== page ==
They have a great section of the mag called Showcase, which showcases websites from all over that are pretty fantastic. There’s a brief background story behind how each were built and it’s very inspiring. I highly recommend it.



I’ve been using Firebug for a while now, but I really started using the Console and debug mode this year. It’s making development easy for me. Not only do I inspect other site’s code, but I inspect my own code and am able to troubleshoot style and code issues. I do like Chrome’s dev tools, but I’m so used to Firebug now. Firebug’s add-ons are great too.

So there you have it, 5 things that made my life easier this year. What tools and sources made your life easier this year?

RWD – The HTML5 Shim for Internet Explorer

Posted on: November 17th, 2014 by alemieux


Last time, we took a look at the HTML Viewport Meta tag, which is important for getting your site to look good on mobile. Since our HTML standard is HTML5, we need to make sure it works in older versions of Internet Explorer. I’m not considering IE6 in this conversation, although according to this site, 1.7% of the world is still on it. So that leaves IE8 and 9. As you can see from HTML5 Readiness, that IE8 and 9 are lacking in HTML5 powers. So IE10 will have the fullest support of HTML5 and CSS3, but we can’t ignore IE8 and 9 users. In fact, in some workplace environments, those browsers are enforced by IT policies.

Since HTML5 tags like <section>, <aside>, <footer>, and <figure> are not in the XHTML spec, they won’t be recognized by IE. But IE will go into quirks mode when encountering these elements, but all of them will be styles as inline elements. There’s 2 issues at play here, the fact that IE won’t recognize the elements and how they are being styled. Most normalize style sheets, like this one from Nicholas Gallagher and Jonathan Neal, will take care of the styling of the elements as block level instead of inline elements. Here’s how we do that:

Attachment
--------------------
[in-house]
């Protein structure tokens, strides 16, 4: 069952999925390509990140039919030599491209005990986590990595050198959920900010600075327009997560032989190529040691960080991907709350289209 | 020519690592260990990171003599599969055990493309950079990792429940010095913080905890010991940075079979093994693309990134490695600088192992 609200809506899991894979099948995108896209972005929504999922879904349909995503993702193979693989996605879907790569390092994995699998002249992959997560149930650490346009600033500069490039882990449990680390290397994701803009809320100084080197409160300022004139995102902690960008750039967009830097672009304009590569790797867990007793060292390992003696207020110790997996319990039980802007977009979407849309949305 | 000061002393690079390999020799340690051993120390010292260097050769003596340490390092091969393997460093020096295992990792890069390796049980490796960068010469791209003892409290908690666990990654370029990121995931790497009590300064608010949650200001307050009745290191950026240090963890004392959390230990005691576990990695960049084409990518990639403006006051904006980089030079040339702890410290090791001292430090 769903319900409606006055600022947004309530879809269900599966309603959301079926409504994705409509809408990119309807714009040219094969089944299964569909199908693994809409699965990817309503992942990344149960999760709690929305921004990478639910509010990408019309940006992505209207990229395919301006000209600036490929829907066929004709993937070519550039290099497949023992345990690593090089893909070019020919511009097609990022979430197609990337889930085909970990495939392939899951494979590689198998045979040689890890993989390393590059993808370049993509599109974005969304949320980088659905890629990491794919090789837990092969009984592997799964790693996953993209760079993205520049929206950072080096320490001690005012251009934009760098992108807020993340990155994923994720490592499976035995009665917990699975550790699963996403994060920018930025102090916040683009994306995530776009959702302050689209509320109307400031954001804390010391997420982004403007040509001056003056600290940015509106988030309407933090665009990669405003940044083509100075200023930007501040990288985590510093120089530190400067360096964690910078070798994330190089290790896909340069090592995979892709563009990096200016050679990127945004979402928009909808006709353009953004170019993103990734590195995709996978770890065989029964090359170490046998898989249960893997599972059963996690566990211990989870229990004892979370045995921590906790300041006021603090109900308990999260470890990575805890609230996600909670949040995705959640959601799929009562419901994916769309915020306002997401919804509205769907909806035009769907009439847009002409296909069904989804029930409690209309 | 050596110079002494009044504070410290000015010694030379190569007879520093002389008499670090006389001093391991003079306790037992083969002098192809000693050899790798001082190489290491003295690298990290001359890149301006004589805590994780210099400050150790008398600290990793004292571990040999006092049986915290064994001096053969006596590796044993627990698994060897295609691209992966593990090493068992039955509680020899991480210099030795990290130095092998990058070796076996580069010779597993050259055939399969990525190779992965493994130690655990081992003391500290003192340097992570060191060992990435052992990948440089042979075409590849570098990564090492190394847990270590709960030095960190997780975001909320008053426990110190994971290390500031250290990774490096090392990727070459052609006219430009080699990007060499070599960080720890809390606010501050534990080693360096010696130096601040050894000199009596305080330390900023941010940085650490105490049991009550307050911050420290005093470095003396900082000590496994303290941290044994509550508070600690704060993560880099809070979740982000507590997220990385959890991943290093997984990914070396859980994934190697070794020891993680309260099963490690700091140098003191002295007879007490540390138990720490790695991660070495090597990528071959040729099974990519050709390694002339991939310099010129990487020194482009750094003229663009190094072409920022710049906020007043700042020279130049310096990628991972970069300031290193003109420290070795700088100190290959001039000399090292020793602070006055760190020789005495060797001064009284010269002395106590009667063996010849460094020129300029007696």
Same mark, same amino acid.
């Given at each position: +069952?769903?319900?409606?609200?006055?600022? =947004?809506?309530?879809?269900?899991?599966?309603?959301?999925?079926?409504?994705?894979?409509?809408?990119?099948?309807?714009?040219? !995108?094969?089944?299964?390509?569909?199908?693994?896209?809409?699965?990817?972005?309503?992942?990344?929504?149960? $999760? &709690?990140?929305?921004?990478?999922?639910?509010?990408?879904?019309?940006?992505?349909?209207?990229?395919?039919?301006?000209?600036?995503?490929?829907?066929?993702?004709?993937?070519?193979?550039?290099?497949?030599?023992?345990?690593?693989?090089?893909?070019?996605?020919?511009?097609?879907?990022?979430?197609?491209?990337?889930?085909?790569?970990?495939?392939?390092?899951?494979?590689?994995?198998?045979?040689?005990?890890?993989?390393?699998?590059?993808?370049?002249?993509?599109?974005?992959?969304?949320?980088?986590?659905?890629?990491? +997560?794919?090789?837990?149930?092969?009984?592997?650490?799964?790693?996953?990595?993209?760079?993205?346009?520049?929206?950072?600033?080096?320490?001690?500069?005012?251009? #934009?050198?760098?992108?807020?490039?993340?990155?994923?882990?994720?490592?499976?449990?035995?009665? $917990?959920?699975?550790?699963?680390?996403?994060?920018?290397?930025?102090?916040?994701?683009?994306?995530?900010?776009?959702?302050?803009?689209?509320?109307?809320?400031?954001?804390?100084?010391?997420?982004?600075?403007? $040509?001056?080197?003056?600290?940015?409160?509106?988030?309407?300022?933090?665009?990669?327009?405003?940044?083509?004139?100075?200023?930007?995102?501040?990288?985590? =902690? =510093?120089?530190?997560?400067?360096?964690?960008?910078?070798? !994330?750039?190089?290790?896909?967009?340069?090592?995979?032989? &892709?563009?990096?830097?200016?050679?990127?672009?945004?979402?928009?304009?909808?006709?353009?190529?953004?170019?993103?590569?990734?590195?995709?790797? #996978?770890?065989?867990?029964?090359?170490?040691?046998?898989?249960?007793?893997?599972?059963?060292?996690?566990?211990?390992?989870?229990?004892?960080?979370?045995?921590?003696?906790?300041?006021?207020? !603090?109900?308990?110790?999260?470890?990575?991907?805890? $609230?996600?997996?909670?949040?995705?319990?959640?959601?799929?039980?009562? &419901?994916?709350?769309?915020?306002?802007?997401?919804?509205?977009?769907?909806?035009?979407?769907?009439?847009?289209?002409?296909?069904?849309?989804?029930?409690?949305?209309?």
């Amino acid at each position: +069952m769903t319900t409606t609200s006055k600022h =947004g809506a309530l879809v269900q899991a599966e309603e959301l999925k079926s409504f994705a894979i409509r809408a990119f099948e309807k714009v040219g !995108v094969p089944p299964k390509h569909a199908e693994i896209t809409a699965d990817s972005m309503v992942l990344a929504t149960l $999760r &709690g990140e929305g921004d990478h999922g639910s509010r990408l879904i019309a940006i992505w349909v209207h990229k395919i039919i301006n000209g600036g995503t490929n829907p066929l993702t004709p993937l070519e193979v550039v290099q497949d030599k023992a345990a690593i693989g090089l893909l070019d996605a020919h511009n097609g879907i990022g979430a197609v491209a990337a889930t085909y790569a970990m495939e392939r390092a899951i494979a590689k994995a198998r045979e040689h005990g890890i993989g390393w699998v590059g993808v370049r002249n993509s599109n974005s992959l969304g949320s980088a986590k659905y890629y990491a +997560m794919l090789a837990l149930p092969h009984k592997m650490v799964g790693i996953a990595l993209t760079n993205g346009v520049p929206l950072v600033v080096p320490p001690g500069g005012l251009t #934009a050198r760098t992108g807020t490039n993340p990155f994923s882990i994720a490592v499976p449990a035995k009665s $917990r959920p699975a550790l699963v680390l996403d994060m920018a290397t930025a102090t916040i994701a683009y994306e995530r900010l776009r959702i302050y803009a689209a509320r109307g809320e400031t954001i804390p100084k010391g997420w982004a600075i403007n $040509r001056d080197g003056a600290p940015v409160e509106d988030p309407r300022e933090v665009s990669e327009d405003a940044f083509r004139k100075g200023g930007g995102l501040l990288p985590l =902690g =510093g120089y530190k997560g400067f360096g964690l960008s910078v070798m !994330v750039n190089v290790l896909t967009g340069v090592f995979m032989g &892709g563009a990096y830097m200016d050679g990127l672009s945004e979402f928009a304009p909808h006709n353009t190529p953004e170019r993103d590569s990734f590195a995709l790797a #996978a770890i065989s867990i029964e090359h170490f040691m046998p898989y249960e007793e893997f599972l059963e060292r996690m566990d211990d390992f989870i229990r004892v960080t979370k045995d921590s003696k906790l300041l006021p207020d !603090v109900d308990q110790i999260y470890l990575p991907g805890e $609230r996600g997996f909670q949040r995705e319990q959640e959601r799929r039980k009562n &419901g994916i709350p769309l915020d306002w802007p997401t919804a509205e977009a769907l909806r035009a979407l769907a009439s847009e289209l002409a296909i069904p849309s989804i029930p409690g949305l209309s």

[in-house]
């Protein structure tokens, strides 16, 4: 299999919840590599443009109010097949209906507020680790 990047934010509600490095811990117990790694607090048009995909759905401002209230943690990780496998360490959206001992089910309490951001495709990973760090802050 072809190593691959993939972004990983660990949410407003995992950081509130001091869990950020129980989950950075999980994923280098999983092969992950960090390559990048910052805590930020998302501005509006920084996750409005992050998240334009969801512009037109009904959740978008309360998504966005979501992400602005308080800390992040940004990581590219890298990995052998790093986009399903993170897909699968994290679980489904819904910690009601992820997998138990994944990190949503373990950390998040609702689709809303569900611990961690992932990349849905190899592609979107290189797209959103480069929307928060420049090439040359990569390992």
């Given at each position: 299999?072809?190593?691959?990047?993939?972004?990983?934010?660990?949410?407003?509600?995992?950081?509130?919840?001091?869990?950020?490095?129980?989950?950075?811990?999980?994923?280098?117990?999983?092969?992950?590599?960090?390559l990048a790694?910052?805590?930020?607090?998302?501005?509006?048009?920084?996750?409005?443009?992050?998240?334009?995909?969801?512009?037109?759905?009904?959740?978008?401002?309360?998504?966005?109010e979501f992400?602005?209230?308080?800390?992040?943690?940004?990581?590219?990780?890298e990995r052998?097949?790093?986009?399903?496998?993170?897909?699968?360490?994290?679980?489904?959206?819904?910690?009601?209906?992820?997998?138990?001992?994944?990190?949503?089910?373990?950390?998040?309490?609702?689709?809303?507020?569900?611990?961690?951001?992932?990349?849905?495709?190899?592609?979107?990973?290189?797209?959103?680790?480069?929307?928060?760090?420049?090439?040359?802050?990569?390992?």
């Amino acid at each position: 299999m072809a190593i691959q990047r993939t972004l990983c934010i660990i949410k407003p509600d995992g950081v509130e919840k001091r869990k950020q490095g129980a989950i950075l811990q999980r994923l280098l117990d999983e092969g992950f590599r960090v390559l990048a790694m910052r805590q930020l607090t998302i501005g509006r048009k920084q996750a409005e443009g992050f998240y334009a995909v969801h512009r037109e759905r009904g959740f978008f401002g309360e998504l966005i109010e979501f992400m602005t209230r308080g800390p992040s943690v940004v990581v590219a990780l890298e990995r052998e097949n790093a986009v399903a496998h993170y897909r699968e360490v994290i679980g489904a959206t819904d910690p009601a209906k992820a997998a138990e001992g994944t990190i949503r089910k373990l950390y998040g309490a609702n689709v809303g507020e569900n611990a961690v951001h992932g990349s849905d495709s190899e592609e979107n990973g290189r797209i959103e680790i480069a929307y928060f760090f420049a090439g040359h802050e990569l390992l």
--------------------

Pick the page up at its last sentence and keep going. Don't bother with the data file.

summary {
display: block;

In order to make IE recognize the elements themselves, we could add them to the document with JavaScript, but Remy Sharp has already done that for us with a script called the HTML5 shiv. You’ll need to put this into a conditional statement in the head section of your document. One key thing about the shiv that I’ve discovered is that it needs to placed after all of your stylesheet calls, both external and internal: